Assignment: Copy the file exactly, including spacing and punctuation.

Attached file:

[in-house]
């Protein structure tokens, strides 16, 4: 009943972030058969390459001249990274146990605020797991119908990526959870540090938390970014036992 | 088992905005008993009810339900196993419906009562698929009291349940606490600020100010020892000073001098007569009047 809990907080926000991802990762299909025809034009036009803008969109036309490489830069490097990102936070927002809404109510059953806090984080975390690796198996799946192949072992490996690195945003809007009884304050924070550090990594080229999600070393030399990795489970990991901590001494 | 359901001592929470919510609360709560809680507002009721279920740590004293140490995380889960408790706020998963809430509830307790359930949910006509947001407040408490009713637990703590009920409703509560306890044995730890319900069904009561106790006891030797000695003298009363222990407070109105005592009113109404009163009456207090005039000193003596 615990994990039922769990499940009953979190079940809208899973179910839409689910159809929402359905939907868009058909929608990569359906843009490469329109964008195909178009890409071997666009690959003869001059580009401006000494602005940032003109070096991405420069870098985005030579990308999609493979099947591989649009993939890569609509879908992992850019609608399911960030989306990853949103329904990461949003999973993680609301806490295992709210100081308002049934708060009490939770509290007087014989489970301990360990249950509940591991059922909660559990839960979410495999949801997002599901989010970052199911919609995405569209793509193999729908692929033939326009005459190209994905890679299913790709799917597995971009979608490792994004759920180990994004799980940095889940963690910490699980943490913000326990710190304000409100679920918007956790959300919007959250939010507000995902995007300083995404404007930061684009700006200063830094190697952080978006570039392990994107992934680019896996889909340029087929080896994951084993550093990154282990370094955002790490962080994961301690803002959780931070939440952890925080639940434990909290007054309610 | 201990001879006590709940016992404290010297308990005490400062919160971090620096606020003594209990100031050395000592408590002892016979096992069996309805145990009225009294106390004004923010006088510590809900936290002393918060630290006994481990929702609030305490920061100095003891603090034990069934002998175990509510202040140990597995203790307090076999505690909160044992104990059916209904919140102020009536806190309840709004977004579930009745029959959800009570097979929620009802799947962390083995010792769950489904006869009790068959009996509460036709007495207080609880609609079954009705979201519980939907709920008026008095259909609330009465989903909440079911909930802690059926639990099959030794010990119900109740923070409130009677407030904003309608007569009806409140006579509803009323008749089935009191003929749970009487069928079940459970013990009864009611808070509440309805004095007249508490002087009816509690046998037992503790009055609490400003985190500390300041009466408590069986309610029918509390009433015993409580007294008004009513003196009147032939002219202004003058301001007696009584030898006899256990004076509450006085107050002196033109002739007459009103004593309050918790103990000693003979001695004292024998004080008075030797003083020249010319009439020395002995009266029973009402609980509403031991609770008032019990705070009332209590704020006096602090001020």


[in-house]
């Protein structure tokens, strides 16, 4: 009943972030058969390459001249990274146990605020797991119908990526959870540090938390970014036992 | 088992905005008993009810339900196993419906009562698929009291349940606490600020100010020892000073001098007569009047 809990907080926000991802990762299909025809034009036009803008969109036309490489830069490097990102936070927002809404109510059953806090984080975390690796198996799946192949072992490996690195945003809007009884304050924070550090990594080229999600070393030399990795489970990991901590001494 | 359901001592929470919510609360709560809680507002009721279920740590004293140490995380889960408790706020998963809430509830307790359930949910006509947001407040408490009713637990703590009920409703509560306890044995730890319900069904009561106790006891030797000695003298009363222990407070109105005592009113109404009163009456207090005039000193003596 615990994990039922769990499940009953979190079940809208899973179910839409689910159809929402359905939907868009058909929608990569359906843009490469329109964008195909178009890409071997666009690959003869001059580009401006000494602005940032003109070096991405420069870098985005030579990308999609493979099947591989649009993939890569609509879908992992850019609608399911960030989306990853949103329904990461949003999973993680609301806490295992709210100081308002049934708060009490939770509290007087014989489970301990360990249950509940591991059922909660559990839960979410495999949801997002599901989010970052199911919609995405569209793509193999729908692929033939326009005459190209994905890679299913790709799917597995971009979608490792994004759920180990994004799980940095889940963690910490699980943490913000326990710190304000409100679920918007956790959300919007959250939010507000995902995007300083995404404007930061684009700006200063830094190697952080978006570039392990994107992934680019896996889909340029087929080896994951084993550093990154282990370094955002790490962080994961301690803002959780931070939440952890925080639940434990909290007054309610 | 201990001879006590709940016992404290010297308990005490400062919160971090620096606020003594209990100031050395000592408590002892016979096992069996309805145990009225009294106390004004923010006088510590809900936290002393918060630290006994481990929702609030305490920061100095003891603090034990069934002998175990509510202040140990597995203790307090076999505690909160044992104990059916209904919140102020009536806190309840709004977004579930009745029959959800009570097979929620009802799947962390083995010792769950489904006869009790068959009996509460036709007495207080609880609609079954009705979201519980939907709920008026008095259909609330009465989903909440079911909930802690059926639990099959030794010990119900109740923070409130009677407030904003309608007569009806409140006579509803009323008749089935009191003929749970009487069928079940459970013990009864009611808070509440309805004095007249508490002087009816509690046998037992503790009055609490400003985190500390300041009466408590069986309610029918509390009433015993409580007294008004009513003196009147032939002219202004003058301001007696009584030898006899256990004076509450006085107050002196033109002739007459009103004593309050918790103990000693003979001695004292024998004080008075030797003083020249010319009439020395002995009266029973009402609980509403031991609770008032019990705070009332209590704020006096602090001020």